M1: knitting stitch structure

Earlier this year I wrote up a series of blog posts about the structures of plain knitting (part one, part two), slip stitches, and brioche (part one, part two). I had some requests to do more structural posts about knitting, and so here is the next one. I’ve added a tag to all my structure posts so far so you can find them all in one place: stitch structure

I had a specific request to do one for kfb (knit in the front and back of a stitch to make two stitches), but I’m not going to start with that. I’m going to go through a whole sequence of basic increases, starting with M1.

M1 (short for “make one”) is actually a tricky abbreviation, as it sometimes gets used for all kinds of increases. (The Mon Tricot books, for instance, use m1 as the abbreviation for any increase throughout, and define it within the instructions for each stitch pattern.) However, there is one increase called m1 which has no other name that I’ve ever seen*. So I’ll start with its most basic form.

*I haven’t seen every knitting guide in the world by a long shot, so I’m guessing someone has probably called it a “lifted increase”, which would be confusing given that there’s a different increase I know with that name.


  1. These posts aren’t meant as instructions for how to work these stitches; instead I’m showing the structure of the resulting stitches. In aid of that, I am not showing needles in the stitches as I feel they make it harder to see the fabric structure.
  2. The yarn is drawn to be much thinner relative to the stitch size than would be practical for actual knitting. This helps make it easier to see the structure.
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This illustration shows two columns of stitches that have already been worked for three rows. The first stitch of a fourth row has been knit. Now I want to make three stitches above these two stitches. What to do?

There’s lots of options here, but for m1, I’m going to make a stitch in the row below by lifting the strand between the two stitches on the row below to make it into a loop that can be worked as a stitch. The yellow arrow in the illustration above is pointing at the strand in question.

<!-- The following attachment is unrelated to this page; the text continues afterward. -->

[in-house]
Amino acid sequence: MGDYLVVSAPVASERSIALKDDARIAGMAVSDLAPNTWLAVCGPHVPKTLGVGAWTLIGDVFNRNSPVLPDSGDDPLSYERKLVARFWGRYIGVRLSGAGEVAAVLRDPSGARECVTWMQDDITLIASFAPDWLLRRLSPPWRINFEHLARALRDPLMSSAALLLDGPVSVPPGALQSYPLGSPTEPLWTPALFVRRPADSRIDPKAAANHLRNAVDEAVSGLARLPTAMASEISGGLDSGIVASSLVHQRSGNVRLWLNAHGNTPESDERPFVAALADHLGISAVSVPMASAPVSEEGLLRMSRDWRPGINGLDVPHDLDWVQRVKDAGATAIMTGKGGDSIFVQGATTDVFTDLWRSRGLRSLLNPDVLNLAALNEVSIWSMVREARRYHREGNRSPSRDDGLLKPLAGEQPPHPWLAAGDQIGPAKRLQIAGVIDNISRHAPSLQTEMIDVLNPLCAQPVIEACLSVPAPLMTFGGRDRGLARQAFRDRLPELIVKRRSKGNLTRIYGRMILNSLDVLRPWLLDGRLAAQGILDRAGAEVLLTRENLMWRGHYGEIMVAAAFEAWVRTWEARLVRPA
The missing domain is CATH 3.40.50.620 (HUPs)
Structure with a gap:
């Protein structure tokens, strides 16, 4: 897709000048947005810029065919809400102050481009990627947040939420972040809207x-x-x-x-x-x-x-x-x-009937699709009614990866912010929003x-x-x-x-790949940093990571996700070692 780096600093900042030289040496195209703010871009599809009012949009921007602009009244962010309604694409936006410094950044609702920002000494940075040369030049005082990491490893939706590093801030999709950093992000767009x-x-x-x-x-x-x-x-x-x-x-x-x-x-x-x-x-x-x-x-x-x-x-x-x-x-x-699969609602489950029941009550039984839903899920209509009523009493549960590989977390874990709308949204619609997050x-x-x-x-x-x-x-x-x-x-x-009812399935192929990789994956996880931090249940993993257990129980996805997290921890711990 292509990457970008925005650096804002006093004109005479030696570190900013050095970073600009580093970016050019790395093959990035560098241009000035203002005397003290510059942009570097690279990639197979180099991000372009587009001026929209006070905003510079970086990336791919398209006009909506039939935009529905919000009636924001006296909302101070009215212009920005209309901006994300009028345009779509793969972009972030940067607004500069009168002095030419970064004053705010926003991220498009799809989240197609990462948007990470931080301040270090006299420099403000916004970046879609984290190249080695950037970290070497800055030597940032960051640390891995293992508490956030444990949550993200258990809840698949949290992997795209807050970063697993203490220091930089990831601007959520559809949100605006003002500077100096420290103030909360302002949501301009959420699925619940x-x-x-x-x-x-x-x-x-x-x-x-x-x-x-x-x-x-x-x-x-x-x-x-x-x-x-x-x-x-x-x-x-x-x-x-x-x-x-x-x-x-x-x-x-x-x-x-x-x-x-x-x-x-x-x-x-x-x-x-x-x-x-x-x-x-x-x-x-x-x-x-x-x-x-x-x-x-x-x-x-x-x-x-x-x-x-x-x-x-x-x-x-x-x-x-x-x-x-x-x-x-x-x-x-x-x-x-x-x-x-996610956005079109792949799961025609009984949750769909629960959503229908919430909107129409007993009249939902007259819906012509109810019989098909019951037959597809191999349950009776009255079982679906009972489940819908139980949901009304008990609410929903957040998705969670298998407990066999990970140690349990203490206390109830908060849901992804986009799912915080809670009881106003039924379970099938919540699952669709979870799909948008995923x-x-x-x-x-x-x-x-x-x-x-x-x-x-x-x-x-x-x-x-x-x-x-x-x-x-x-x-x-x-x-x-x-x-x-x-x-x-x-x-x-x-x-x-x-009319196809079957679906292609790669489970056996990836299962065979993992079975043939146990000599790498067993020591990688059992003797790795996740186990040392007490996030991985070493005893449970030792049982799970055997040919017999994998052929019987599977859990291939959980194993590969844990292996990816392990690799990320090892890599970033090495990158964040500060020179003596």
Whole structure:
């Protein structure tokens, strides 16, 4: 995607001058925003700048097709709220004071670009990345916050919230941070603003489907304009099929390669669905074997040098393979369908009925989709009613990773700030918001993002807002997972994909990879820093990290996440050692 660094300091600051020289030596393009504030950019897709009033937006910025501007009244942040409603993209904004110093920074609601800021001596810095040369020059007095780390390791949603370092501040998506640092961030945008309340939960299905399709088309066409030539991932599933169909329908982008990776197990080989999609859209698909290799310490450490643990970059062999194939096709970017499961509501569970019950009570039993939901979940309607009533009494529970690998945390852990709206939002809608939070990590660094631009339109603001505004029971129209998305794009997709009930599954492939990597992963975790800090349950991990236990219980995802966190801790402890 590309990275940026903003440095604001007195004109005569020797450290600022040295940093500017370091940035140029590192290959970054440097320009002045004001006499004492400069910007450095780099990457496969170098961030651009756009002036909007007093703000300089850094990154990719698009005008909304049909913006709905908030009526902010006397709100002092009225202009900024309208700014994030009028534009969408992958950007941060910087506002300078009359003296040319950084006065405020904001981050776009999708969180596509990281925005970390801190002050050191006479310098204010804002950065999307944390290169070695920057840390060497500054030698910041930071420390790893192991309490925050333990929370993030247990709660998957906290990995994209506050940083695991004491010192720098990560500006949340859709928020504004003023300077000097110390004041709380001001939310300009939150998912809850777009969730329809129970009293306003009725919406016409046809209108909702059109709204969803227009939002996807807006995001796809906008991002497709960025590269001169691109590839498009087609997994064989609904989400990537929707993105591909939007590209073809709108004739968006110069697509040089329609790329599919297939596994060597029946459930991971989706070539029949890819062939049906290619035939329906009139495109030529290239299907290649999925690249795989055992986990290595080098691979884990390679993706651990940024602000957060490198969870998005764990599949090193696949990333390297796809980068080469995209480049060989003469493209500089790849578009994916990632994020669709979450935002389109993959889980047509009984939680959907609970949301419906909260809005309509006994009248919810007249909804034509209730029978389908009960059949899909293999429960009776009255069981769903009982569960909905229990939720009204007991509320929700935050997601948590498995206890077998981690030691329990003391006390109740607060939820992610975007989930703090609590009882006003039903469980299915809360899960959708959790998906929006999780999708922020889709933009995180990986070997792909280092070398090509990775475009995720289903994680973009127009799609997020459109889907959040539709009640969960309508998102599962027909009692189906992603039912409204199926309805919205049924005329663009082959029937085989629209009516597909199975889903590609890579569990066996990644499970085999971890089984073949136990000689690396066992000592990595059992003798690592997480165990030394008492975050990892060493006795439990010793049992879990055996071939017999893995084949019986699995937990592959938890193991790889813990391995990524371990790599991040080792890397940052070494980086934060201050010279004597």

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Here I’ve pulled the bar up to make a loop. (If I were including needles in the image, the loop would be on the left needle ready to be knit like a stitch.)

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The loop has had yarn pulled through it to make a stitch. The third stitch has been knit normally. There is a hole now in the knitting formed by lifting the bar. The bottom part of the hole is made by the gap between stitches on row 2 and the space under the lifted bar in row 3. This is like the hole formed by a yarnover, but with two differences:

  1. Because the loop was made in an already existing row of knitting, it’s pulling on the stitches to either side. This makes those stitches a little smaller, and also the hole is a little smaller than the hole made by a yarnover, but only a little because some of the hole is made by the gap between the stitches in row 2. I am still learning how to make these illustrations, so the size difference isn’t shown in the picture.
  2. The m1 is made in the row below the current row of knitting rather than within the current row of knitting. This, by the way, has the advantage that if you notice you’ve forgotten to work a yarnover, you can fake it with an M1 on the next wrong side row (keeping in mind that it will be a little smaller than a YO.)
Described in text
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I’ve put the illustrations side by side for the final stage of the m1 (on the left) and the yarnover (on the right). This shows how the two stitches are at different heights, even though they are worked between the equivalent two stitches on row 4 (as drawn).